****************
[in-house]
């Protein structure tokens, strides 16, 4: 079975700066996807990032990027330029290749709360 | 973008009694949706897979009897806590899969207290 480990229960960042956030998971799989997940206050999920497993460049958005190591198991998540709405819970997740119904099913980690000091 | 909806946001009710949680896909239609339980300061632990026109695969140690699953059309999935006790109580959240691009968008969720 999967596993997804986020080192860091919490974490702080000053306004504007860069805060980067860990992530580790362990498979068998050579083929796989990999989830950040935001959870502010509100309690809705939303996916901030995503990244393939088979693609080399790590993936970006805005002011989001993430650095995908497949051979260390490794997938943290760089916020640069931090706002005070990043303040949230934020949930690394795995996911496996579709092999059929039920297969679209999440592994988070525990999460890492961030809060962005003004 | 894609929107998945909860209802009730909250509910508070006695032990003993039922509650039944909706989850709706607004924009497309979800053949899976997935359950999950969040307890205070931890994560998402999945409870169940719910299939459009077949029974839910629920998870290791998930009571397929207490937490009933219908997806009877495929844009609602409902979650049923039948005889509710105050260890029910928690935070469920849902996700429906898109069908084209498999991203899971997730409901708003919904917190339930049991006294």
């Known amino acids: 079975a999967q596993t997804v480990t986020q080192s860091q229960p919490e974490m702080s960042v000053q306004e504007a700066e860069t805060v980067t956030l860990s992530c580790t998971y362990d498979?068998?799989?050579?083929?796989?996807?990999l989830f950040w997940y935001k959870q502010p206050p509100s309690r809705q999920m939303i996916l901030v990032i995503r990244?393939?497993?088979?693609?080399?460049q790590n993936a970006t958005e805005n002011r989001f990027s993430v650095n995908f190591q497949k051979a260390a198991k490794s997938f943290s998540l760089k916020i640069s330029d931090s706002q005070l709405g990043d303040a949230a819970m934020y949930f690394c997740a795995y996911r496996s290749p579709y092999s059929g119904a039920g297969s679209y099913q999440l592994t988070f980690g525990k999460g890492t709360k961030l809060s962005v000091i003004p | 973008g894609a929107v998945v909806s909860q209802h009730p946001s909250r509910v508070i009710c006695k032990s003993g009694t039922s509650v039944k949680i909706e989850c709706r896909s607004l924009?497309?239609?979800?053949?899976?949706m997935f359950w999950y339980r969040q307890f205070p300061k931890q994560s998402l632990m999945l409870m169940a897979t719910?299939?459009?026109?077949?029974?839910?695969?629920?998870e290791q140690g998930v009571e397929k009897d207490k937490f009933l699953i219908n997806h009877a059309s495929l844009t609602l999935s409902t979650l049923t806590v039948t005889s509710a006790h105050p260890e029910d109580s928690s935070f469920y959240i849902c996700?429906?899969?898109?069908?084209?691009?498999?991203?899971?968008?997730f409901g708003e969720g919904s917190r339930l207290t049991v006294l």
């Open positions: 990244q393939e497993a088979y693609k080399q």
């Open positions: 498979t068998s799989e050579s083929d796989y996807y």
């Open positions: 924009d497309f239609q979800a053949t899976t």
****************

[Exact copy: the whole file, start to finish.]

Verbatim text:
[in-house]
């Protein structure tokens, strides 16, 4: 079975700066996807990032990027330029290749709360 | 973008009694949706897979009897806590899969207290 480990229960960042956030998971799989997940206050999920497993460049958005190591198991998540709405819970997740119904099913980690000091 | 909806946001009710949680896909239609339980300061632990026109695969140690699953059309999935006790109580959240691009968008969720 999967596993997804986020080192860091919490974490702080000053306004504007860069805060980067860990992530580790362990498979068998050579083929796989990999989830950040935001959870502010509100309690809705939303996916901030995503990244393939088979693609080399790590993936970006805005002011989001993430650095995908497949051979260390490794997938943290760089916020640069931090706002005070990043303040949230934020949930690394795995996911496996579709092999059929039920297969679209999440592994988070525990999460890492961030809060962005003004 | 894609929107998945909860209802009730909250509910508070006695032990003993039922509650039944909706989850709706607004924009497309979800053949899976997935359950999950969040307890205070931890994560998402999945409870169940719910299939459009077949029974839910629920998870290791998930009571397929207490937490009933219908997806009877495929844009609602409902979650049923039948005889509710105050260890029910928690935070469920849902996700429906898109069908084209498999991203899971997730409901708003919904917190339930049991006294």
């Known amino acids: 079975a999967q596993t997804v480990t986020q080192s860091q229960p919490e974490m702080s960042v000053q306004e504007a700066e860069t805060v980067t956030l860990s992530c580790t998971y362990d498979?068998?799989?050579?083929?796989?996807?990999l989830f950040w997940y935001k959870q502010p206050p509100s309690r809705q999920m939303i996916l901030v990032i995503r990244?393939?497993?088979?693609?080399?460049q790590n993936a970006t958005e805005n002011r989001f990027s993430v650095n995908f190591q497949k051979a260390a198991k490794s997938f943290s998540l760089k916020i640069s330029d931090s706002q005070l709405g990043d303040a949230a819970m934020y949930f690394c997740a795995y996911r496996s290749p579709y092999s059929g119904a039920g297969s679209y099913q999440l592994t988070f980690g525990k999460g890492t709360k961030l809060s962005v000091i003004p | 973008g894609a929107v998945v909806s909860q209802h009730p946001s909250r509910v508070i009710c006695k032990s003993g009694t039922s509650v039944k949680i909706e989850c709706r896909s607004l924009?497309?239609?979800?053949?899976?949706m997935f359950w999950y339980r969040q307890f205070p300061k931890q994560s998402l632990m999945l409870m169940a897979t719910?299939?459009?026109?077949?029974?839910?695969?629920?998870e290791q140690g998930v009571e397929k009897d207490k937490f009933l699953i219908n997806h009877a059309s495929l844009t609602l999935s409902t979650l049923t806590v039948t005889s509710a006790h105050p260890e029910d109580s928690s935070f469920y959240i849902c996700?429906?899969?898109?069908?084209?691009?498999?991203?899971?968008?997730f409901g708003e969720g919904s917190r339930l207290t049991v006294l």
């Open positions: 990244q393939e497993a088979y693609k080399q």
């Open positions: 498979t068998s799989e050579s083929d796989y996807y």
């Open positions: 924009d497309f239609q979800a053949t899976t």